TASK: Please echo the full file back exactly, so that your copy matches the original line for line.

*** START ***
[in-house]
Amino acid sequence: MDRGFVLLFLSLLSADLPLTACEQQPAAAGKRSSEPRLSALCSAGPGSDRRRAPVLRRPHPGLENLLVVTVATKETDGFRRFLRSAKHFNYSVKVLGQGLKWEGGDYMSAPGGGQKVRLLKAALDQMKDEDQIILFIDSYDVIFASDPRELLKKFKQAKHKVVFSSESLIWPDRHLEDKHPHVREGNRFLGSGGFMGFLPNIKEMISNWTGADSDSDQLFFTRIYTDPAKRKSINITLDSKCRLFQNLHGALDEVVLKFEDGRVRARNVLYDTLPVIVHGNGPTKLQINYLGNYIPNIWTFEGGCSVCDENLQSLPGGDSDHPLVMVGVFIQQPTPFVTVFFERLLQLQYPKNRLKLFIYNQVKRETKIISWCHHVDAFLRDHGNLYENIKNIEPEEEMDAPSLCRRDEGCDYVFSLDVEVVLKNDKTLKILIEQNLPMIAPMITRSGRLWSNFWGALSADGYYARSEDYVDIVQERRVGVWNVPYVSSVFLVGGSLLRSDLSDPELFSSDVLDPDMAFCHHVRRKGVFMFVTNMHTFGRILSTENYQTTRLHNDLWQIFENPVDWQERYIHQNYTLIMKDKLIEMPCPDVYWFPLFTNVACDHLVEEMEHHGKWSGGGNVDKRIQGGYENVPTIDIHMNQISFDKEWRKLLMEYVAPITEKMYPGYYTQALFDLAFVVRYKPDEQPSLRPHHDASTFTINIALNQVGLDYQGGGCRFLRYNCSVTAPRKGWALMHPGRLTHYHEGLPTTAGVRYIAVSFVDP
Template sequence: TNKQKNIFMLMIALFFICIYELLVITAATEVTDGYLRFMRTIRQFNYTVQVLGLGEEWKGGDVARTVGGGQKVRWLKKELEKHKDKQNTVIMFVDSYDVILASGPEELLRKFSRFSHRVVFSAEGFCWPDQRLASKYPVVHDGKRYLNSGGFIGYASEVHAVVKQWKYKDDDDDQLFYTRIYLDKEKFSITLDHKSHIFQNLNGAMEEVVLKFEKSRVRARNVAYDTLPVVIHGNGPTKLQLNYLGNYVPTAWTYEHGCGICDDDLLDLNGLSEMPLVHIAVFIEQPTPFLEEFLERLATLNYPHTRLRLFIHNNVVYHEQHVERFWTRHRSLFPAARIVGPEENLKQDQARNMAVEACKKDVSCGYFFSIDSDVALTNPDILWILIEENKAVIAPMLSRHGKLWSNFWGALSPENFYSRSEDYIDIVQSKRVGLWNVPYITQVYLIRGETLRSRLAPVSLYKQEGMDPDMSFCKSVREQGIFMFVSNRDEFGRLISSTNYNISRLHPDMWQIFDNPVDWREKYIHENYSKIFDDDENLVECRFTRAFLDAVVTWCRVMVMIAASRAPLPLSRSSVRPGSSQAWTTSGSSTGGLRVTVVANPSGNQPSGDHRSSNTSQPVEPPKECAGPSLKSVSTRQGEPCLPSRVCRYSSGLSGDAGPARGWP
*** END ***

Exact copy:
[in-house]
Amino acid sequence: MDRGFVLLFLSLLSADLPLTACEQQPAAAGKRSSEPRLSALCSAGPGSDRRRAPVLRRPHPGLENLLVVTVATKETDGFRRFLRSAKHFNYSVKVLGQGLKWEGGDYMSAPGGGQKVRLLKAALDQMKDEDQIILFIDSYDVIFASDPRELLKKFKQAKHKVVFSSESLIWPDRHLEDKHPHVREGNRFLGSGGFMGFLPNIKEMISNWTGADSDSDQLFFTRIYTDPAKRKSINITLDSKCRLFQNLHGALDEVVLKFEDGRVRARNVLYDTLPVIVHGNGPTKLQINYLGNYIPNIWTFEGGCSVCDENLQSLPGGDSDHPLVMVGVFIQQPTPFVTVFFERLLQLQYPKNRLKLFIYNQVKRETKIISWCHHVDAFLRDHGNLYENIKNIEPEEEMDAPSLCRRDEGCDYVFSLDVEVVLKNDKTLKILIEQNLPMIAPMITRSGRLWSNFWGALSADGYYARSEDYVDIVQERRVGVWNVPYVSSVFLVGGSLLRSDLSDPELFSSDVLDPDMAFCHHVRRKGVFMFVTNMHTFGRILSTENYQTTRLHNDLWQIFENPVDWQERYIHQNYTLIMKDKLIEMPCPDVYWFPLFTNVACDHLVEEMEHHGKWSGGGNVDKRIQGGYENVPTIDIHMNQISFDKEWRKLLMEYVAPITEKMYPGYYTQALFDLAFVVRYKPDEQPSLRPHHDASTFTINIALNQVGLDYQGGGCRFLRYNCSVTAPRKGWALMHPGRLTHYHEGLPTTAGVRYIAVSFVDP
Template sequence: TNKQKNIFMLMIALFFICIYELLVITAATEVTDGYLRFMRTIRQFNYTVQVLGLGEEWKGGDVARTVGGGQKVRWLKKELEKHKDKQNTVIMFVDSYDVILASGPEELLRKFSRFSHRVVFSAEGFCWPDQRLASKYPVVHDGKRYLNSGGFIGYASEVHAVVKQWKYKDDDDDQLFYTRIYLDKEKFSITLDHKSHIFQNLNGAMEEVVLKFEKSRVRARNVAYDTLPVVIHGNGPTKLQLNYLGNYVPTAWTYEHGCGICDDDLLDLNGLSEMPLVHIAVFIEQPTPFLEEFLERLATLNYPHTRLRLFIHNNVVYHEQHVERFWTRHRSLFPAARIVGPEENLKQDQARNMAVEACKKDVSCGYFFSIDSDVALTNPDILWILIEENKAVIAPMLSRHGKLWSNFWGALSPENFYSRSEDYIDIVQSKRVGLWNVPYITQVYLIRGETLRSRLAPVSLYKQEGMDPDMSFCKSVREQGIFMFVSNRDEFGRLISSTNYNISRLHPDMWQIFDNPVDWREKYIHENYSKIFDDDENLVECRFTRAFLDAVVTWCRVMVMIAASRAPLPLSRSSVRPGSSQAWTTSGSSTGGLRVTVVANPSGNQPSGDHRSSNTSQPVEPPKECAGPSLKSVSTRQGEPCLPSRVCRYSSGLSGDAGPARGWP